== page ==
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> > Favorite mayfly hatch for trout?

WiflyfisherAugust 16th, 2007, 6:37 pm

Posts: 663
I am curious what is your favorite mayfly hatch for trout and why? Is it because of the big trout you catch during that hatch, or is because of the density of the hatch, or something else?
John S.
Jmd123August 16th, 2007, 7:07 pm
Oscoda, MI

Posts: 2611
Why, the Hexagenia limbata hatch! I learned how to fly fish during that hatch (Maple River in Cheboygan Co.), so it holds a special place in my heart.

Then again, I've had some terrific trout fishing during Light Cahill hatches on the Maple and the Rifle (Ogemaw Co.). One year early in my flyrodding experience I actually had MORE luck during that hatch than during the Hex. Also, I had my first 10-trout night on Light Cahills.

I also must admit that I'm rather fond of caddis hatches - they are reliable all summer long on the Rifle.

OK, that's THREE favorites! Don't ask me to choose my absolute favorite among them, I simply can't.

What's yours, John?

No matter how big the one you just caught is, there's always a bigger one out there somewhere...
DryflyAugust 16th, 2007, 9:45 pm
rochester mn

Posts: 133
My favorite is the Light Hendrickson hatch because it always brings fish to the surface. Fished the LH four times this year and everytime I've had sucess. also the weather is nice during LH hatches.
WiflyfisherAugust 17th, 2007, 4:45 am

Posts: 663
For me, hands down... Brown Drake (E. simulans) hatch. I love that hatch! Big flies, lots of bugs, big fish and it occurs in the daylight hours. The only negative point to the Brown Drakes is it has a relatively short hatch period (meaning number of days).

My second would be any of the Emphemerellas... subvaria, invaria/rotunda and dorotheas.
John S.
MartinlfAugust 17th, 2007, 7:32 am
Palmyra PA

Posts: 3233
March Olives. Fewer folks brave the cold wet days when they are best, and it's the first Mayfly hatch of the year for me; I anticipate it all winter. But sulphurs and Tricos are also strong favorites. And when I can find Hendricksons, I love to fish that hatch. OK . . . how about all of them.
"He spread them a yard and a half. 'And every one that got away is this big.'"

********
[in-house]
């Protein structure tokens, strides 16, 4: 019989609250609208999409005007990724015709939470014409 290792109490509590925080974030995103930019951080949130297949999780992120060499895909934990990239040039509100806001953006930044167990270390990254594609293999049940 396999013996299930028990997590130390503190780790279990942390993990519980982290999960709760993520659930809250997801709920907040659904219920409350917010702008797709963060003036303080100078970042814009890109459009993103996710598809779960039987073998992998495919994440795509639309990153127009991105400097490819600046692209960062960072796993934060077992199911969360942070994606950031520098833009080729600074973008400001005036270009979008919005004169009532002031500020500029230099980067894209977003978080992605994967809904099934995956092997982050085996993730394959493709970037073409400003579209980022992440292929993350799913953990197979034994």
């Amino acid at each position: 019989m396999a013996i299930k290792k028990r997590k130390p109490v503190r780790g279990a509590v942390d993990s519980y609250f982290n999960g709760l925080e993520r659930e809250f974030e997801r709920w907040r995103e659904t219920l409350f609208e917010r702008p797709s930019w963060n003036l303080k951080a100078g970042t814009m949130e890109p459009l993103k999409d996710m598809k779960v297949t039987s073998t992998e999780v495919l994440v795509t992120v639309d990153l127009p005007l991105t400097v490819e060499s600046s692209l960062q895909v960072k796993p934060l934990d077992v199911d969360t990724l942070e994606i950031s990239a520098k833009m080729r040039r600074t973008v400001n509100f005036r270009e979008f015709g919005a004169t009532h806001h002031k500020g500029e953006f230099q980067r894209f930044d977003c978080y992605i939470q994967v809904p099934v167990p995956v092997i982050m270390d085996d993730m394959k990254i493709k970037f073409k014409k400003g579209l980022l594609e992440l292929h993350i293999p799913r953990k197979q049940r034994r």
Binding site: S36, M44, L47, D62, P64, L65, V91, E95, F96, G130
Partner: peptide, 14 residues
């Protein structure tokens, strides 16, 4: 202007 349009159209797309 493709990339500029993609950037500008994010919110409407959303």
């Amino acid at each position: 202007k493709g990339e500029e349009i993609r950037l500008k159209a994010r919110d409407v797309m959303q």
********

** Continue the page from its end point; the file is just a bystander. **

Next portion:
--Fred Chappell
Shawnny3August 17th, 2007, 7:48 am
Pleasant Gap, PA

Posts: 1197
Oooh, yeah, I love the olives, even when they're not hatching.

Jewelry-Quality Artistic Salmon Flies, by Shawn Davis
RleePAugust 17th, 2007, 7:54 am
NW PA - Pennsylvania's Glacial Pothole Wonderland

Posts: 398
Early Paraleps..

It is the hatch I learned on many years ago. It's often the first meaningful mayfly hatch of the year on less alkaline streams without meaningful hatches of the early olives, it can require some precision to do well on, but not so much that it becomes more like brain surgery than fishing.

For me, there was nothing like it. Stunned little sailboats going round and round in an eddy and sipping fish.
SofthackleAugust 17th, 2007, 9:31 am
Site Editor
Wellsville, NY

Posts: 540
Mine is Ephemerella dorothea at the end of May. Usually the weather is perfect at that time of year. Water temps are good, and the trout are feeding well.

"I have the highest respect for the skilled wet-fly fisherman, as he has mastered an art of very great difficulty." Edward R. Hewitt

Flymphs, Soft-hackles and Spiders:
WiflyfisherAugust 17th, 2007, 12:05 pm

Posts: 663
March Olives

Louis, for the benefit of our aquatic entomologists who frequent these threads we have to be a little more scientific about this. What the heck are March Olives? :)
John S.
SlateDrake9August 17th, 2007, 2:30 pm
Potter County, PA

Posts: 144
Contrary to my screen name, I have to go with the October brood of BWO's because of the weather conditions and solitude I usually have while fishing them throughout the state (I take vacation for much of October to travel and fish). The leaves are pretty, especially so on a drizzily 50 degree October day, the fish are pretty (especially brookies) and I know that the ice is coming.